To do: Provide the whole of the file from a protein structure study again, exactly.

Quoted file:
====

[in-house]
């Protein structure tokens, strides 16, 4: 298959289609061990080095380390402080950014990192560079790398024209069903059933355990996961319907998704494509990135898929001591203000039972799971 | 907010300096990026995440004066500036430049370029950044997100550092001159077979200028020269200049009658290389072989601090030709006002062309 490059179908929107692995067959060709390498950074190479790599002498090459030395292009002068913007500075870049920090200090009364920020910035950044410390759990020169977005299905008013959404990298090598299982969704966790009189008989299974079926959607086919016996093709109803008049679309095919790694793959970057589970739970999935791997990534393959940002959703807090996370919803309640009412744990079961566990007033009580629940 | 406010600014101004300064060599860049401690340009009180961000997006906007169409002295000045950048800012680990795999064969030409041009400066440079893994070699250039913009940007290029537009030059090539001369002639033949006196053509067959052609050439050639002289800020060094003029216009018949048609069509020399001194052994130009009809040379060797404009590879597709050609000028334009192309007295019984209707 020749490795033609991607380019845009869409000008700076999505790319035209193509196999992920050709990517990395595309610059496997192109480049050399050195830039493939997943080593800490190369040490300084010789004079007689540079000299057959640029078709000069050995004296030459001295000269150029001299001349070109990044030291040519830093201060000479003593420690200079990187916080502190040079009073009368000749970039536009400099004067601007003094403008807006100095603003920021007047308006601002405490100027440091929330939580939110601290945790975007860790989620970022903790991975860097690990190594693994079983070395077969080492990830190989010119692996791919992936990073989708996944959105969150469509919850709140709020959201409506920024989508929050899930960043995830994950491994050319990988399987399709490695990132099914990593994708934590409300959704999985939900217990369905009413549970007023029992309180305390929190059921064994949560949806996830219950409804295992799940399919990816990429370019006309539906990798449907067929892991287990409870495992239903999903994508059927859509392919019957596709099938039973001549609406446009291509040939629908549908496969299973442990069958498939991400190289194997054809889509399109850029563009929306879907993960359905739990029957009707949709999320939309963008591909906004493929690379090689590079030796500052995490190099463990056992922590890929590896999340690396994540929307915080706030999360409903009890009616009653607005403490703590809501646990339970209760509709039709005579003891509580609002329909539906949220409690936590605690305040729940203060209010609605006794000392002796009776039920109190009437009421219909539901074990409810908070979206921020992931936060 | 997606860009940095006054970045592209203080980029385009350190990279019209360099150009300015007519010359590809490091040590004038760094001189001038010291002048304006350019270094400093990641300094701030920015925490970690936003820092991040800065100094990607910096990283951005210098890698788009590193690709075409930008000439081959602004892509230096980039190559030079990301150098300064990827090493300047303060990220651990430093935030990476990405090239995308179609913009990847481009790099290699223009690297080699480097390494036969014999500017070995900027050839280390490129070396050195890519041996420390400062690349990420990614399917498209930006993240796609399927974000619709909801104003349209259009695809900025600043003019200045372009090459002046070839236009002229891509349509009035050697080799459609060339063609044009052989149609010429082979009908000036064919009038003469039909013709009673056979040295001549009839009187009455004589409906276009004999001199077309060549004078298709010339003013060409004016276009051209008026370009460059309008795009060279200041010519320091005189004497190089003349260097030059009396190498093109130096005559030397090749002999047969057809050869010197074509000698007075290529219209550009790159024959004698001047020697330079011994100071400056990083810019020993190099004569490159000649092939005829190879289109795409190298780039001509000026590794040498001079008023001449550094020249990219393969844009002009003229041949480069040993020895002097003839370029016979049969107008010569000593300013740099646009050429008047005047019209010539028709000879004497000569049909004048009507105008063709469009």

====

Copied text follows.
[in-house]
């Protein structure tokens, strides 16, 4: 298959289609061990080095380390402080950014990192560079790398024209069903059933355990996961319907998704494509990135898929001591203000039972799971 | 907010300096990026995440004066500036430049370029950044997100550092001159077979200028020269200049009658290389072989601090030709006002062309 490059179908929107692995067959060709390498950074190479790599002498090459030395292009002068913007500075870049920090200090009364920020910035950044410390759990020169977005299905008013959404990298090598299982969704966790009189008989299974079926959607086919016996093709109803008049679309095919790694793959970057589970739970999935791997990534393959940002959703807090996370919803309640009412744990079961566990007033009580629940 | 406010600014101004300064060599860049401690340009009180961000997006906007169409002295000045950048800012680990795999064969030409041009400066440079893994070699250039913009940007290029537009030059090539001369002639033949006196053509067959052609050439050639002289800020060094003029216009018949048609069509020399001194052994130009009809040379060797404009590879597709050609000028334009192309007295019984209707 020749490795033609991607380019845009869409000008700076999505790319035209193509196999992920050709990517990395595309610059496997192109480049050399050195830039493939997943080593800490190369040490300084010789004079007689540079000299057959640029078709000069050995004296030459001295000269150029001299001349070109990044030291040519830093201060000479003593420690200079990187916080502190040079009073009368000749970039536009400099004067601007003094403008807006100095603003920021007047308006601002405490100027440091929330939580939110601290945790975007860790989620970022903790991975860097690990190594693994079983070395077969080492990830190989010119692996791919992936990073989708996944959105969150469509919850709140709020959201409506920024989508929050899930960043995830994950491994050319990988399987399709490695990132099914990593994708934590409300959704999985939900217990369905009413549970007023029992309180305390929190059921064994949560949806996830219950409804295992799940399919990816990429370019006309539906990798449907067929892991287990409870495992239903999903994508059927859509392919019957596709099938039973001549609406446009291509040939629908549908496969299973442990069958498939991400190289194997054809889509399109850029563009929306879907993960359905739990029957009707949709999320939309963008591909906004493929690379090689590079030796500052995490190099463990056992922590890929590896999340690396994540929307915080706030999360409903009890009616009653607005403490703590809501646990339970209760509709039709005579003891509580609002329909539906949220409690936590605690305040729940203060209010609605006794000392002796009776039920109190009437009421219909539901074990409810908070979206921020992931936060 | 997606860009940095006054970045592209203080980029385009350190990279019209360099150009300015007519010359590809490091040590004038760094001189001038010291002048304006350019270094400093990641300094701030920015925490970690936003820092991040800065100094990607910096990283951005210098890698788009590193690709075409930008000439081959602004892509230096980039190559030079990301150098300064990827090493300047303060990220651990430093935030990476990405090239995308179609913009990847481009790099290699223009690297080699480097390494036969014999500017070995900027050839280390490129070396050195890519041996420390400062690349990420990614399917498209930006993240796609399927974000619709909801104003349209259009695809900025600043003019200045372009090459002046070839236009002229891509349509009035050697080799459609060339063609044009052989149609010429082979009908000036064919009038003469039909013709009673056979040295001549009839009187009455004589409906276009004999001199077309060549004078298709010339003013060409004016276009051209008026370009460059309008795009060279200041010519320091005189004497190089003349260097030059009396190498093109130096005559030397090749002999047969057809050869010197074509000698007075290529219209550009790159024959004698001047020697330079011994100071400056990083810019020993190099004569490159000649092939005829190879289109795409190298780039001509000026590794040498001079008023001449550094020249990219393969844009002009003229041949480069040993020895002097003839370029016979049969107008010569000593300013740099646009050429008047005047019209010539028709000879004497000569049909004048009507105008063709469009």